Last week, on the anniversary of the “24 May measures” undertaken in response to the shooting of a tourist at Mt. Kumgang, the sinking of the Cheonan, and the shelling of Yeonpyeong Island, the Hyundai Research Institute (HRI) released a report claiming that North-South economic activity has been depressed greater than originally expected. According to HRI’s counterfactual estimates, South Korea has experienced roughly $8 billion in economic losses while North Korea has lost almost $2 billion. Most of the South Korean losses were due to activity not undertaken due the suspension of the second phase of Kaesong Industrial Complex (KIC) construction, while most of the North Korean losses were due to a decline in trade from what it otherwise might have been. It goes without saying that that the study’s sponsor, Hyundai, has been in the forefront of North-South economic integration initiatives, including KIC.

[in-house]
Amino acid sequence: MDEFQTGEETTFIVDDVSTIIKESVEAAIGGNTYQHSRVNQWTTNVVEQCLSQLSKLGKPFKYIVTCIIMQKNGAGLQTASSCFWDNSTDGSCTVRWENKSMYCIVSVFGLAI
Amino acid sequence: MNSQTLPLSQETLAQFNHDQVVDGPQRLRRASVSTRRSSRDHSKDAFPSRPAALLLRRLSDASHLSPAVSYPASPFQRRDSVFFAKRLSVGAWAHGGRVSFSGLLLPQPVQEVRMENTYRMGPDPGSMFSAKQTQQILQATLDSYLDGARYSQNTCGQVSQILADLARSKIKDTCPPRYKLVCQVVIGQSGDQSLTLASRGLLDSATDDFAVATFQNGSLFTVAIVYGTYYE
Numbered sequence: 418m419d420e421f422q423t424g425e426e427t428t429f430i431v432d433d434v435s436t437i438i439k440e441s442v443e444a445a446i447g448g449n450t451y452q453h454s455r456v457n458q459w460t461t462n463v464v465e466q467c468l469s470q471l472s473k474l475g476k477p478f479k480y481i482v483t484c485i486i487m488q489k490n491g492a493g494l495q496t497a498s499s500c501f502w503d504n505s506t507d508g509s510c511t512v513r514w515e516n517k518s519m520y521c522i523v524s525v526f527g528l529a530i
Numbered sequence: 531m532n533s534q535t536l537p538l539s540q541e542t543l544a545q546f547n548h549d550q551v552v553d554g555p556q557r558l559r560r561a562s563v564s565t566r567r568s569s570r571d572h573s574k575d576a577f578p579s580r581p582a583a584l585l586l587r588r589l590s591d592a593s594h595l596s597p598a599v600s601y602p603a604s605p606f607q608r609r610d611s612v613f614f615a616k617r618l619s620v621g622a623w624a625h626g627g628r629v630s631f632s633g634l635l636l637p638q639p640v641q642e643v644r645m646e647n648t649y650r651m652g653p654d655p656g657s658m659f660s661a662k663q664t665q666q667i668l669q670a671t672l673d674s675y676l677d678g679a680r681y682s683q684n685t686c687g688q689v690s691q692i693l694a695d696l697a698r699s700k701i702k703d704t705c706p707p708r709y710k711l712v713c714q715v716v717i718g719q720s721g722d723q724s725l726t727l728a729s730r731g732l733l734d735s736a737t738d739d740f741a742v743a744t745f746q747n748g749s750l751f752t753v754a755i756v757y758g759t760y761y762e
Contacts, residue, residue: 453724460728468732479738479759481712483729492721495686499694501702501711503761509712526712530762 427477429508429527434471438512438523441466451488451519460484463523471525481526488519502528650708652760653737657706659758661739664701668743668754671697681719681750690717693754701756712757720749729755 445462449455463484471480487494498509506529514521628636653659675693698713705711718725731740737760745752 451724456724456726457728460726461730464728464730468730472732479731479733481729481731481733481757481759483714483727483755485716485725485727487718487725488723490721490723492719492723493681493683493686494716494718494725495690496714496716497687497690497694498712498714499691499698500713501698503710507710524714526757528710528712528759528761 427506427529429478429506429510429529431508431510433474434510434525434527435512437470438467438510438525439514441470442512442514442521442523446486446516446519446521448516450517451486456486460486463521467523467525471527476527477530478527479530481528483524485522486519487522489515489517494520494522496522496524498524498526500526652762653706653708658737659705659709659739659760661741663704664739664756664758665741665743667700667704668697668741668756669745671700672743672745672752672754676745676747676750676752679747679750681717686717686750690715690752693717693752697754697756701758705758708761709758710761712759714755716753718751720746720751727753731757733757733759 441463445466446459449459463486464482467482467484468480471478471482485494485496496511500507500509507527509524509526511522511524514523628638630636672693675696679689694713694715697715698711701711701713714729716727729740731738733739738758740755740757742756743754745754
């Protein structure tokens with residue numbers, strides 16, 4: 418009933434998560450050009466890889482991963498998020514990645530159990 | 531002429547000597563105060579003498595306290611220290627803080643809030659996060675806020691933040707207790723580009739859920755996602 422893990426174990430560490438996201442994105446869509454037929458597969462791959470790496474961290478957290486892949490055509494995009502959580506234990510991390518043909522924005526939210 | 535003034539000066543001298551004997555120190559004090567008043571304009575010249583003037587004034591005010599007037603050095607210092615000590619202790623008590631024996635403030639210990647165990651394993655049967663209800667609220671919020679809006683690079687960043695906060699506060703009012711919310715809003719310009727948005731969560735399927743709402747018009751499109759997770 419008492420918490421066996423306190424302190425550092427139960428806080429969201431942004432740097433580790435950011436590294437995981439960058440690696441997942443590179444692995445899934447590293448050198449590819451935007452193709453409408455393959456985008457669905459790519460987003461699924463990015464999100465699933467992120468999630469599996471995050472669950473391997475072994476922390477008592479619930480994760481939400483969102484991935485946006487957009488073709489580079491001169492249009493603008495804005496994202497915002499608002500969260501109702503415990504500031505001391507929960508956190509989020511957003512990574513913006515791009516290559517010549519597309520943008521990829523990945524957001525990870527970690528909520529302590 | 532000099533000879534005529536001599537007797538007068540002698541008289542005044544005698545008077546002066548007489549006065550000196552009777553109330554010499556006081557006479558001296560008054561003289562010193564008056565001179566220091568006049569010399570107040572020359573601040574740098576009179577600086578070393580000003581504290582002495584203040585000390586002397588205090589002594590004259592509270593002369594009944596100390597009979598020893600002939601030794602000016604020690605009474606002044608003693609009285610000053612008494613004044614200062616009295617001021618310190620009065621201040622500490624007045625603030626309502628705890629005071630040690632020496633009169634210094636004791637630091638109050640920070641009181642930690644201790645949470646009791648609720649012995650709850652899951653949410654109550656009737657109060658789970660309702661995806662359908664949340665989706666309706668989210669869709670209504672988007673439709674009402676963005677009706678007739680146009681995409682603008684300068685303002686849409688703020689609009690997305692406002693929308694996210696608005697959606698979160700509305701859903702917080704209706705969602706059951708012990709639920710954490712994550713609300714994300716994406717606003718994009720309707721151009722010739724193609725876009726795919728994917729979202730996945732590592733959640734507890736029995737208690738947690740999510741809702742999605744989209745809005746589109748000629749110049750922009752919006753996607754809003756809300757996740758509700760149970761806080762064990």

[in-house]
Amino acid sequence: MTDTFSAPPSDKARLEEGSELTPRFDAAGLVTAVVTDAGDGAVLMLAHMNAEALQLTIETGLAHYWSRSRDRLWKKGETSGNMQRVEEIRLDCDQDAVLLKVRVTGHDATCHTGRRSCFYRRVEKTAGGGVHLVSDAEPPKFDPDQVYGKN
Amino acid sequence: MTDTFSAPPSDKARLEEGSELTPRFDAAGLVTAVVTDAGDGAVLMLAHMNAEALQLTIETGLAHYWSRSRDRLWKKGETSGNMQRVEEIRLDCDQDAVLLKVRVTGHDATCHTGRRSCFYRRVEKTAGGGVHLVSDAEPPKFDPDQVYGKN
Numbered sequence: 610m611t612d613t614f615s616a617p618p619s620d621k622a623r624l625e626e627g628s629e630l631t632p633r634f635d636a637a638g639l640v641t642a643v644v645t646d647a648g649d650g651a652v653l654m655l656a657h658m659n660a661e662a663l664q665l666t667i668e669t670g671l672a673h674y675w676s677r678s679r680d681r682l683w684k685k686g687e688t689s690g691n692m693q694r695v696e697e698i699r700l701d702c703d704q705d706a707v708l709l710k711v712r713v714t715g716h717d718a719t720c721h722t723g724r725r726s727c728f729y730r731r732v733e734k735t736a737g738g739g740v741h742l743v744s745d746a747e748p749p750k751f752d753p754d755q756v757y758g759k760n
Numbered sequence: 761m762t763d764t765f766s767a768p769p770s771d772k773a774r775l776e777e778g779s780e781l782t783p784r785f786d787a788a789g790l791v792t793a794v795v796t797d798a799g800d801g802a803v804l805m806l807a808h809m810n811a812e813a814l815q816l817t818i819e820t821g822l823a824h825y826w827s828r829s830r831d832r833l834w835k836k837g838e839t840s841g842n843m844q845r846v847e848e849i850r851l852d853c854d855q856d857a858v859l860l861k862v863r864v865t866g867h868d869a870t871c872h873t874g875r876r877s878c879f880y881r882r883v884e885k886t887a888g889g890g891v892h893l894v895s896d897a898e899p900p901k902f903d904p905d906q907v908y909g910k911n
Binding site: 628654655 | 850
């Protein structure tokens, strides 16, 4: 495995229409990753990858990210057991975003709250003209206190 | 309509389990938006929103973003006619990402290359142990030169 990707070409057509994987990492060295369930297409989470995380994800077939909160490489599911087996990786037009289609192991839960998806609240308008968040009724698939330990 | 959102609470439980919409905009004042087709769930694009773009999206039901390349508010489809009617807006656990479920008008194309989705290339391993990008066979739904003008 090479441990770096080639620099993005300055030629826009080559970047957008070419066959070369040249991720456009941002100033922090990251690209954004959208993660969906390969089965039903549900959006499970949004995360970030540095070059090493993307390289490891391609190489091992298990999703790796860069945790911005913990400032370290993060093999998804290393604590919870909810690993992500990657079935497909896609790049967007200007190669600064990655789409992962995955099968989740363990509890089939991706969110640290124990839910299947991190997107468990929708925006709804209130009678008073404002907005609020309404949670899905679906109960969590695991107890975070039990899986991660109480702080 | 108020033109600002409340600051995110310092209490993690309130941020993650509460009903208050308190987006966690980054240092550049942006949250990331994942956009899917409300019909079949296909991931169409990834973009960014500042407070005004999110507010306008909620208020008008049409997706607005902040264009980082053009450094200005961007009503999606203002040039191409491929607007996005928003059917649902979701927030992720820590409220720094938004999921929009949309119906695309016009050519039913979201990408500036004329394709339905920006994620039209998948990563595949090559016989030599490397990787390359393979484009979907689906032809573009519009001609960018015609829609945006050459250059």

On the same day, the Korea Chamber of Commerce and Industry released a survey of 200 businesses operating in the KIC. As we previously observed, the KIC has been relatively immune to the downturn in North-South relations, and due to its provision of investment insurance, the South Korean government has a parochial fiscal interest in keeping the project operating. As reported in the Chosun Ilbo, the KCCI survey found that South Korean firms operating in the KIC reported that operating losses roughly doubled following the 24 May measures, and that a relatively small share (13.4 percent) have since recovered completely.
As reported in Hankyoreh, a debate is ongoing as to who is to blame for these losses: the Ministry of Unification says that the firms bear the risk, while the firms claim that the losses are due to government policies, not management errors, and that they deserve compensation for their losses. Presumably the Saenuri presidential candidate will want to avoid a “who lost North Korea” debate in the upcoming election campaign.
In a recently released paper based on a survey of Chinese enterprises operating in North Korea, we found that they adopted a variety of coping strategies to deal with North Korea’s decrepit physical infrastructure and weak business-enabling institutions. In a forthcoming paper, based on a comparable survey of South Korean firms operating in North Korea, we find that the South Korean government has effectively socialized risk, and that the level and composition of North-South economic integration is highly dependent on South Korean public policy.